Things are not better in the financial world. We are aware that financial market pricing is the result of a sophisticated fabrication process sponsored by global Central Banks. Everything is fake, market functioning is rigged, and fiat money is no longer a stable valuation tool for assets. Bitcoin and gold are in my view no robust, foolproof alternatives. We even know that our current itinerary is a direct course to economic hell: we cannot keep growing on new credit and freshly minted money, forever. But we like to see the sunny side of things: we feel that there might be some time left to enjoy. Like Saint Augustine, we plan to be chaste but not yet: lets print just a little more. Bull markets are adorable, aren’t they?

We pretend not to care much while listening to the Titanic orchestra in full splendor, but in truth we do. Jobs and pensions are a permanent concern to all. War to some of us. Many can’t sleep when they consider portfolio risks: put me in that lot. Only ETF and long-only fund managers can afford some decent sleep. They don’t care when this ends; they just have to keep a steady portfolio going. Easy for ETF managers, difficult for the long only’s, but nowhere near impossible. Unfortunately, timing Armaggedon is. The odds are stacked against you even if it is not a matter of “if” but only of “when”.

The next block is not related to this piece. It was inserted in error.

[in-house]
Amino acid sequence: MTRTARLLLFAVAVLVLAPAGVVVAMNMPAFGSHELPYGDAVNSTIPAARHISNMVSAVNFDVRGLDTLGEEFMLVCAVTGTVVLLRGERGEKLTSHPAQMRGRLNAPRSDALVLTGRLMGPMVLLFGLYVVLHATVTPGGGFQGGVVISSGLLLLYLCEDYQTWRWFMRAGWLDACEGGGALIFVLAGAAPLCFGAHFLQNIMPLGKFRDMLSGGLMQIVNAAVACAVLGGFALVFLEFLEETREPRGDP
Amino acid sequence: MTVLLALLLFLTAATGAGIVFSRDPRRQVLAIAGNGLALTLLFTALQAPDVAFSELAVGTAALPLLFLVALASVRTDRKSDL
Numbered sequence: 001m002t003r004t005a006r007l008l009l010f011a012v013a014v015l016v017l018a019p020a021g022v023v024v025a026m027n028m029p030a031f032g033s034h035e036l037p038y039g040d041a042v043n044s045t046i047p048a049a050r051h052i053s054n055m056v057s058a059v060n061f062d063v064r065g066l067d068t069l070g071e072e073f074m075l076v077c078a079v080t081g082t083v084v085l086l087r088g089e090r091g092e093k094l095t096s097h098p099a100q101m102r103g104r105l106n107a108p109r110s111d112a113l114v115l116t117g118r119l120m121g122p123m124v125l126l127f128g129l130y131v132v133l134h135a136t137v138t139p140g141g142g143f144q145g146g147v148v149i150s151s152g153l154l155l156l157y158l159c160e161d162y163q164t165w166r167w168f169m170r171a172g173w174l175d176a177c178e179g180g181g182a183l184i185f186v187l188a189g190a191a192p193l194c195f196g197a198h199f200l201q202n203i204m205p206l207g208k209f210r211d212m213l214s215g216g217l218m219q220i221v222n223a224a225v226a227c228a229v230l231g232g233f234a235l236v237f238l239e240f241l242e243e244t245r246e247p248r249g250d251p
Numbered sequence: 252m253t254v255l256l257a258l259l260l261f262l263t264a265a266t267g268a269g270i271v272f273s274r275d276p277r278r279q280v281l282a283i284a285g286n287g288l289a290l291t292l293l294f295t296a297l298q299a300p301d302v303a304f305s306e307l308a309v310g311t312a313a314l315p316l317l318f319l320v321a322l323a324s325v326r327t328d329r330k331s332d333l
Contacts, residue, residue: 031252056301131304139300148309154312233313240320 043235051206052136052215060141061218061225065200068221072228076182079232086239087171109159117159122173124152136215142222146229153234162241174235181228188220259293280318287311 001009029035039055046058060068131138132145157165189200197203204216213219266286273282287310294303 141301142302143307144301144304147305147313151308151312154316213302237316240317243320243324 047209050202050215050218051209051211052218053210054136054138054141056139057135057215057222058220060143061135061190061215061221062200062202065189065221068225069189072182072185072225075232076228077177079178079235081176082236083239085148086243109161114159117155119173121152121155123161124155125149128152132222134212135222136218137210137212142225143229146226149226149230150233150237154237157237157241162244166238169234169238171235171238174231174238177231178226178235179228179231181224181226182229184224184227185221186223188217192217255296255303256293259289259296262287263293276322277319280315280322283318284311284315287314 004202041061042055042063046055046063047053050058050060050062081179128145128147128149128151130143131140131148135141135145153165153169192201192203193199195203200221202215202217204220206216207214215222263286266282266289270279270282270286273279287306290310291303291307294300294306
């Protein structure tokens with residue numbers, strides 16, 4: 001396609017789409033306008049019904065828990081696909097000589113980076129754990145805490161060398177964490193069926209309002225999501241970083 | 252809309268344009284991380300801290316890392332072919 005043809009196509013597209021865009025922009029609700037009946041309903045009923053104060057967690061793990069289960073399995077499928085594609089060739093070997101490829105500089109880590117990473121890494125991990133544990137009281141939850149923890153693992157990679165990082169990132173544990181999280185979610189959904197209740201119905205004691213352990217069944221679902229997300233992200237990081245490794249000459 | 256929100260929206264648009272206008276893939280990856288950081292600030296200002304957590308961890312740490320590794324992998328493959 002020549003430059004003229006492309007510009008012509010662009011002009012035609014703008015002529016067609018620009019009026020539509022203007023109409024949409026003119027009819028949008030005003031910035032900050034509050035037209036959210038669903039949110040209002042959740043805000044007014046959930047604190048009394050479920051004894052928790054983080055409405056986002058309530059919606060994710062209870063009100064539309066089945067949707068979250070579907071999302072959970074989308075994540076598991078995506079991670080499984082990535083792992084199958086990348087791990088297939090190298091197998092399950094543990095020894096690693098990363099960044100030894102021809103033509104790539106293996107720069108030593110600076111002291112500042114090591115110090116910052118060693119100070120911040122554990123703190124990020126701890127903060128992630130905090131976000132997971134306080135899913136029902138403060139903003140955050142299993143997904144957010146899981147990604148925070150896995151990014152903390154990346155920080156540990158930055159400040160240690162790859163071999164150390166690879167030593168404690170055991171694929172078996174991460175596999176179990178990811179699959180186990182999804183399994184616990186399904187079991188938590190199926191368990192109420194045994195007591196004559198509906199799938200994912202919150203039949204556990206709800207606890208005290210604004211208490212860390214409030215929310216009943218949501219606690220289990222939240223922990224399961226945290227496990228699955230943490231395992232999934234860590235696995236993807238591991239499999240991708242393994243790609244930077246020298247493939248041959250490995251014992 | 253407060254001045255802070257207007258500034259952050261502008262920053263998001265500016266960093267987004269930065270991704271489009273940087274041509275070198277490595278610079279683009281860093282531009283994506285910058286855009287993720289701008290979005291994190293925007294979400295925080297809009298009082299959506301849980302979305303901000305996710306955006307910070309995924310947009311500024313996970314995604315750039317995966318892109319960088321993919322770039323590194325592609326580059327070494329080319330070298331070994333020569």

I keep on reading everything decent I can put my hands onto. We all sound like a broken record to some extent. Tell me the author and I can anticipate the content. Some insist in outlining, with surgical precision, the valuation case against financial markets at current levels (exquisite Hussman, a must read). His table with correlations for the different valuation parameters is excellent, despite underestimating the high validity of the Fed model (sarcasm alert). Valuations are atrocious.Other authors delve into the absurd real interest rate level suggesting the fixed income market is out of whack. Historical charts prove current negative real rates are incompatible with 2017 growth levels -however brittle that monetarily induced growth might be. I hand-picked one BlackRock chart for that end. There are lots more proving the same insanity. It’s just that aggregate demand is so sick that even this crazy monetary environment consistently fails to ignite severe inflation. And the money printing process feeds back on itself.